Effective Learning & Teaching in Mathematics & Its Applications

By Peter Kahn; Joseph Kyle | Go to book overview

Preface

Setting the scene
Recent years have seen a greater focus on learning and teaching in mathematics and its applications in higher education. What should the typical undergraduate programme contain and how should it be taught? How best do we serve the needs of those who require mathematics as part of their study of another discipline? There will, no doubt, be many valid answers to these questions. And it is one of the strengths of this text that it attempts to cover a fair slice of the spectrum of these views. As we write, there is in the UK what we might refer to as the 'official' answer, embodied in the December 2001 draft of the Quality Assurance Agency for Higher Education (QAA, 2000) Benchmarking statement, which covers mathematics, statistics and operational research (QAA, 2001). In this we see that a graduate who has reached the modal level should be able to:
● Demonstrate a reasonable understanding of the main body of knowledge for the programme of study.
● Demonstrate a good level of skill in calculation and manipulation of the material within this body of knowledge.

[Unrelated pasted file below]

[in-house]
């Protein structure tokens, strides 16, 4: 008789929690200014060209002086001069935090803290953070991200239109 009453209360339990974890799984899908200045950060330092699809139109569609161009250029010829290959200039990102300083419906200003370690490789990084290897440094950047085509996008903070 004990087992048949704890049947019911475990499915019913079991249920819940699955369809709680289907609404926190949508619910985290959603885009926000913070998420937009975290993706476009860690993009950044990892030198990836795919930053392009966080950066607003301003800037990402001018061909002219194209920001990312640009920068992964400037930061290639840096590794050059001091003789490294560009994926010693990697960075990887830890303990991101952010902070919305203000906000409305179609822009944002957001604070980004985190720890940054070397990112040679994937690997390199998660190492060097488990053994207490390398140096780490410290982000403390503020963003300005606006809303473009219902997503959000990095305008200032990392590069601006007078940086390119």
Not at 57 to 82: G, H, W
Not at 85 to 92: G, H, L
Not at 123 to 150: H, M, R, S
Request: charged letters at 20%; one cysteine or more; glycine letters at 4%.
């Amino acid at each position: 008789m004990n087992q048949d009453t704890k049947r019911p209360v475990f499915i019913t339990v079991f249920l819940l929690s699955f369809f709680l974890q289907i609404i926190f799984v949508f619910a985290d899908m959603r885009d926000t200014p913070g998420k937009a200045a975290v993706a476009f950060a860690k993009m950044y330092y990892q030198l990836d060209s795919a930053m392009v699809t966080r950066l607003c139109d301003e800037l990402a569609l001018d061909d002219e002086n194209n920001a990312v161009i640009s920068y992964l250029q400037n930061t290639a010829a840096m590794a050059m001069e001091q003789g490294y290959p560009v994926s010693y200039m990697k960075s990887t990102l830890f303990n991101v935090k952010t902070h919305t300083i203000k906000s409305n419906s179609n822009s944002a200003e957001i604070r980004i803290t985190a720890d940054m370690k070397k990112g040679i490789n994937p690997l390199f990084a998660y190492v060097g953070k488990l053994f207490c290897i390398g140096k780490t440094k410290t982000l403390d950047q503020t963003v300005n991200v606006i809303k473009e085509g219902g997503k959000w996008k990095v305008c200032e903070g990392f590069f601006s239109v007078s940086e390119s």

● Apply a range of concepts and principles in loosely defined contexts, showing effective judgement in the selection and application of tools and techniques.
● Develop and evaluate logical arguments.
● Demonstrate skill in abstracting the essentials of problems, formulating them mathematically and obtaining solutions by appropriate methods.
● Present arguments and conclusions effectively and accurately.
● Demonstrate appropriate transferable skills and the ability to work with relatively little guidance or support.

The authors of this statement go to some lengths to qualify and set the context for this list. In particular it is stressed that 'students should meet this standard in an overall sense, not necessarily in respect of each and every of the statements listed'

-xiii-

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